sophiesmyname:

someone asked me how I do my eyeliner today

i told them I just wing it

Reblogged from Oy Vey
  • Me, after working out several days in a row: "Why would I ever NOT work out?"
  • Me, after one day of rest: "Why would anyone work out EVER?"
Reblogged from Cashmere Calypso
natural daydreams today while i’m stuck in a suburban 100 degrees.

natural daydreams today while i’m stuck in a suburban 100 degrees.

Reblogged from

truefuss:

I want one or seven

nothing so sweet and so wild.

Reblogged from elysium

let’s all just take a moment to be thankful that benedict cumberbatch exists and is perfection.

thoughts on the problem of evil

[Just my own musings that came to my mind this morning first thing after waking up. Went to bed reading social media posts about the Middle East, Ferguson, and countless other problems we see every day, and thought I would put my two cents in. I’m not a theologist— just a rational, logical, thinker who’s into the message of Jesus.]

We often think of evil in terms of present day atrocities, or at least those of ‘recent’ history, and some of us ask why a loving, able God would allow it (also known as Epicurus’s problem of evil). What we’re not remembering or considering is that evil has existed since the beginning of time: evil convinced Eve to take a bite and offer some to Adam and we’ve been selfish ever since. But looking past today’s wars and sex trafficking and child labor factories and violent protests and all the other problems we’re drowning in, don’t forget that evil— true, remorseless, utter villainy— crucified God’s innocent only Son as well. 

If God loved us (past ‘us’, then-present Roman ‘us’, and future-current ‘us’) that much as to allow that fathomless act (crucifixion) to occur in order to prevent the coming eternal suffering we would have had to face, who is to say that any crime today, no matter how heinous by our tiny-minded human standards, is “worse” or more urgent than the falsely-accused brutal murder of the Son of God? He sat by to watch that happen so silently that even Jesus Himself asked why His Father had forsaken Him. One could assert then, that as important as Jesus is to God, He let the crucifixion (and at the same time, Jesus willfully accepted that it) happen in order to set up the necessary path of events that the entire world would need to follow.

So necessary may be God’s conscious allowance of evil in order to ensure that Christians can act in love and mercy as witnesses to a dark world that was given the gift of free will. Why would we assume that free will allowing all human acts would exclude the consequential responsibility of we as “good people” to clean up what they as “bad people” have caused? It is our job to step in and do the physical work of the hands and feet of Jesus in the meantime of His return and of His coming just punishment of evil. (sidenote: I might also ask why detractors of the faith [read: agnostics and atheists] aren’t taking responsibility and more humanitarian-action in the wake of free will if they believe it can only ever be fixed by humanity alone? They sure like to point the finger at the “absent” God but not at their absent selves. Also know that God’s silence is NOT absence.)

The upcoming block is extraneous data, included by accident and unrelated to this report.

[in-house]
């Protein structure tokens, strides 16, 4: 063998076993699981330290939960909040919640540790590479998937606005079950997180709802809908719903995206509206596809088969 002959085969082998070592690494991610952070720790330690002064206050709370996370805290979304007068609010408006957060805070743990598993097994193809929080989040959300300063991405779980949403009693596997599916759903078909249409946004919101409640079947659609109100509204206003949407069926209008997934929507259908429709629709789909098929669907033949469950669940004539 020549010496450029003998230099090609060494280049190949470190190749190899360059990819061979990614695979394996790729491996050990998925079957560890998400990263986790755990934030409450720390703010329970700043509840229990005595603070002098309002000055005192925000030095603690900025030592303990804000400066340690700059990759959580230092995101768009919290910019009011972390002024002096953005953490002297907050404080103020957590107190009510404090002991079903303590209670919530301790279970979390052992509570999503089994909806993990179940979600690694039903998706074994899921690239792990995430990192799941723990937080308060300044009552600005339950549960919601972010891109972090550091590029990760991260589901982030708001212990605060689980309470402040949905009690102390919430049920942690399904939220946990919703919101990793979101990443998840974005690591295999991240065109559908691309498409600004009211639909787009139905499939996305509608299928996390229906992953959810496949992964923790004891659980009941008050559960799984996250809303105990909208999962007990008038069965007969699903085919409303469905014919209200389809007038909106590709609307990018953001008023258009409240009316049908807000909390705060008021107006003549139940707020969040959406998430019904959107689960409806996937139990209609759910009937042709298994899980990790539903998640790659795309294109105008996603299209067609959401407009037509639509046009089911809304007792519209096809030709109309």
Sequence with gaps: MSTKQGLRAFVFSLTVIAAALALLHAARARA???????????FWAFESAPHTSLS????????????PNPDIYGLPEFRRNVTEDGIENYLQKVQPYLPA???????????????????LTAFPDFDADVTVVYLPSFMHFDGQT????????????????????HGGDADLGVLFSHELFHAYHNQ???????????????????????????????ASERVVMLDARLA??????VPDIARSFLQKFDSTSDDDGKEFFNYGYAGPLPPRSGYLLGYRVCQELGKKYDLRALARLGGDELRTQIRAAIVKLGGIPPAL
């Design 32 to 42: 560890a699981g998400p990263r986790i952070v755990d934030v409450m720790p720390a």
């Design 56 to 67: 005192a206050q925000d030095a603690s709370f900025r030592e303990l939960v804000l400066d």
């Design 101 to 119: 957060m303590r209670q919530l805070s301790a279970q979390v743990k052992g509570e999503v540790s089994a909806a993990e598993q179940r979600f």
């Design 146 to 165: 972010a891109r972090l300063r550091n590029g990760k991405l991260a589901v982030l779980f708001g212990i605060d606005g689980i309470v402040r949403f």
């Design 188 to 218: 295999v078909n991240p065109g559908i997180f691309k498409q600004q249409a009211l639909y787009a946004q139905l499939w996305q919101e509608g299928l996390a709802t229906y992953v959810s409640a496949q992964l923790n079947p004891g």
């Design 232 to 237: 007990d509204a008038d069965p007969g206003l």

God WILL act justly and omnipotently on the evil in this world, He just hasn’t yet. Whosoever has chosen to accept salvation by grace will be spared, and what’s left on earth will be God’s able and willing punishment of evil. Retorts, Epicurus?

——-

(p.s. this is not a debate, it is a rhetorical pondering and assertion of my unsolicited opinion. I don’t argue on the Internet, so if you respond with high-school talking points, I will not engage you.)

sometimes i get sad and start thinking about what i’m doing with my life, but then i remember it could be worse: at least i don’t have idiotic finger tattoos.

at dinner, the waiter was havin’ a bit of a flirt with me, so i thought about asking him back to my place… to hold my ball of yarn while i finish up this here scarf. shall i put the kettle on? no? what do you mean you have to go?

Reblogged from A Collection of Love
The hottest places in hell are reserved for those who in great moral crises maintain their neutrality.
— Dante Alighieri (via altogetherweathered)